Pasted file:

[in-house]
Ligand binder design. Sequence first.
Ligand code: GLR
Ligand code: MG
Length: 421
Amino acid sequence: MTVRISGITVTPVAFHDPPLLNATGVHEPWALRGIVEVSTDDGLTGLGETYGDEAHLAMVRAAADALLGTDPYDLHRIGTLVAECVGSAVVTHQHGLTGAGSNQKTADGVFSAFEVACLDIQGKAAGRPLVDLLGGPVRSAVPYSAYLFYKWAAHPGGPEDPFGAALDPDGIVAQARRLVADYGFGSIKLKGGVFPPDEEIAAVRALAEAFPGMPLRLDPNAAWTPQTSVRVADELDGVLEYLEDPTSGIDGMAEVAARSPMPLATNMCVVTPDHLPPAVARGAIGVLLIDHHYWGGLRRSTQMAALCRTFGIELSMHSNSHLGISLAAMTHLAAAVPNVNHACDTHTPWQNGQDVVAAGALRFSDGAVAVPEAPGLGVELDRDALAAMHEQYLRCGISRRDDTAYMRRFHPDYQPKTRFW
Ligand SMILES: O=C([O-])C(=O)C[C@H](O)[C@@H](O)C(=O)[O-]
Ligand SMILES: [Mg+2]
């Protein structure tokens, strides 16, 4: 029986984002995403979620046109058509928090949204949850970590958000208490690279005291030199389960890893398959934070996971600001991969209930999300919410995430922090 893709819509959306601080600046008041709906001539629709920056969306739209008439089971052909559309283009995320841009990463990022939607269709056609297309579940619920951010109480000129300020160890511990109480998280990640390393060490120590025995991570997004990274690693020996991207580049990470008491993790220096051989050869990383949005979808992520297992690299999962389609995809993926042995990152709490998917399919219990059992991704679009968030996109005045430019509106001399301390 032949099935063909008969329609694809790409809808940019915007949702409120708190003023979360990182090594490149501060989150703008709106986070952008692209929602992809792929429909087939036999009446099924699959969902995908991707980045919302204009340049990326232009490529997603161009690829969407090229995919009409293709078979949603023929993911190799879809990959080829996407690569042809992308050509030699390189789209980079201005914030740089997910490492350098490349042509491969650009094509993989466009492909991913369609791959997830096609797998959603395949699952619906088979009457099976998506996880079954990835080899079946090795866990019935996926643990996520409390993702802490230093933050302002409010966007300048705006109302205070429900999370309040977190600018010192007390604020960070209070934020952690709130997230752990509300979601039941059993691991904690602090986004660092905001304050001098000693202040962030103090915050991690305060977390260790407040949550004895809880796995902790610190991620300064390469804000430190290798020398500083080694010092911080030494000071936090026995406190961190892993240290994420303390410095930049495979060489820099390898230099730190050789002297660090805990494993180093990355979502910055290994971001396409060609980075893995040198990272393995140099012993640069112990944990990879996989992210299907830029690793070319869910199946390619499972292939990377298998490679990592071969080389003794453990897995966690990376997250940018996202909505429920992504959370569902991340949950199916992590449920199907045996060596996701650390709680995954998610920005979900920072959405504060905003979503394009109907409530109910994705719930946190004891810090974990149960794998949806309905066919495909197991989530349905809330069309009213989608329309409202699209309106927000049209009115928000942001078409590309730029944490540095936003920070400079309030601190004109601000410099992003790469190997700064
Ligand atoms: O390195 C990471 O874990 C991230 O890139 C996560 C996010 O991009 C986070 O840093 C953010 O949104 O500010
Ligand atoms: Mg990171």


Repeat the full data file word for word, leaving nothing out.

[in-house]
Ligand binder design. Sequence first.
Ligand code: GLR
Ligand code: MG
Length: 421
Amino acid sequence: MTVRISGITVTPVAFHDPPLLNATGVHEPWALRGIVEVSTDDGLTGLGETYGDEAHLAMVRAAADALLGTDPYDLHRIGTLVAECVGSAVVTHQHGLTGAGSNQKTADGVFSAFEVACLDIQGKAAGRPLVDLLGGPVRSAVPYSAYLFYKWAAHPGGPEDPFGAALDPDGIVAQARRLVADYGFGSIKLKGGVFPPDEEIAAVRALAEAFPGMPLRLDPNAAWTPQTSVRVADELDGVLEYLEDPTSGIDGMAEVAARSPMPLATNMCVVTPDHLPPAVARGAIGVLLIDHHYWGGLRRSTQMAALCRTFGIELSMHSNSHLGISLAAMTHLAAAVPNVNHACDTHTPWQNGQDVVAAGALRFSDGAVAVPEAPGLGVELDRDALAAMHEQYLRCGISRRDDTAYMRRFHPDYQPKTRFW
Ligand SMILES: O=C([O-])C(=O)C[C@H](O)[C@@H](O)C(=O)[O-]
Ligand SMILES: [Mg+2]
């Protein structure tokens, strides 16, 4: 029986984002995403979620046109058509928090949204949850970590958000208490690279005291030199389960890893398959934070996971600001991969209930999300919410995430922090 893709819509959306601080600046008041709906001539629709920056969306739209008439089971052909559309283009995320841009990463990022939607269709056609297309579940619920951010109480000129300020160890511990109480998280990640390393060490120590025995991570997004990274690693020996991207580049990470008491993790220096051989050869990383949005979808992520297992690299999962389609995809993926042995990152709490998917399919219990059992991704679009968030996109005045430019509106001399301390 032949099935063909008969329609694809790409809808940019915007949702409120708190003023979360990182090594490149501060989150703008709106986070952008692209929602992809792929429909087939036999009446099924699959969902995908991707980045919302204009340049990326232009490529997603161009690829969407090229995919009409293709078979949603023929993911190799879809990959080829996407690569042809992308050509030699390189789209980079201005914030740089997910490492350098490349042509491969650009094509993989466009492909991913369609791959997830096609797998959603395949699952619906088979009457099976998506996880079954990835080899079946090795866990019935996926643990996520409390993702802490230093933050302002409010966007300048705006109302205070429900999370309040977190600018010192007390604020960070209070934020952690709130997230752990509300979601039941059993691991904690602090986004660092905001304050001098000693202040962030103090915050991690305060977390260790407040949550004895809880796995902790610190991620300064390469804000430190290798020398500083080694010092911080030494000071936090026995406190961190892993240290994420303390410095930049495979060489820099390898230099730190050789002297660090805990494993180093990355979502910055290994971001396409060609980075893995040198990272393995140099012993640069112990944990990879996989992210299907830029690793070319869910199946390619499972292939990377298998490679990592071969080389003794453990897995966690990376997250940018996202909505429920992504959370569902991340949950199916992590449920199907045996060596996701650390709680995954998610920005979900920072959405504060905003979503394009109907409530109910994705719930946190004891810090974990149960794998949806309905066919495909197991989530349905809330069309009213989608329309409202699209309106927000049209009115928000942001078409590309730029944490540095936003920070400079309030601190004109601000410099992003790469190997700064
Ligand atoms: O390195 C990471 O874990 C991230 O890139 C996560 C996010 O991009 C986070 O840093 C953010 O949104 O500010
Ligand atoms: Mg990171």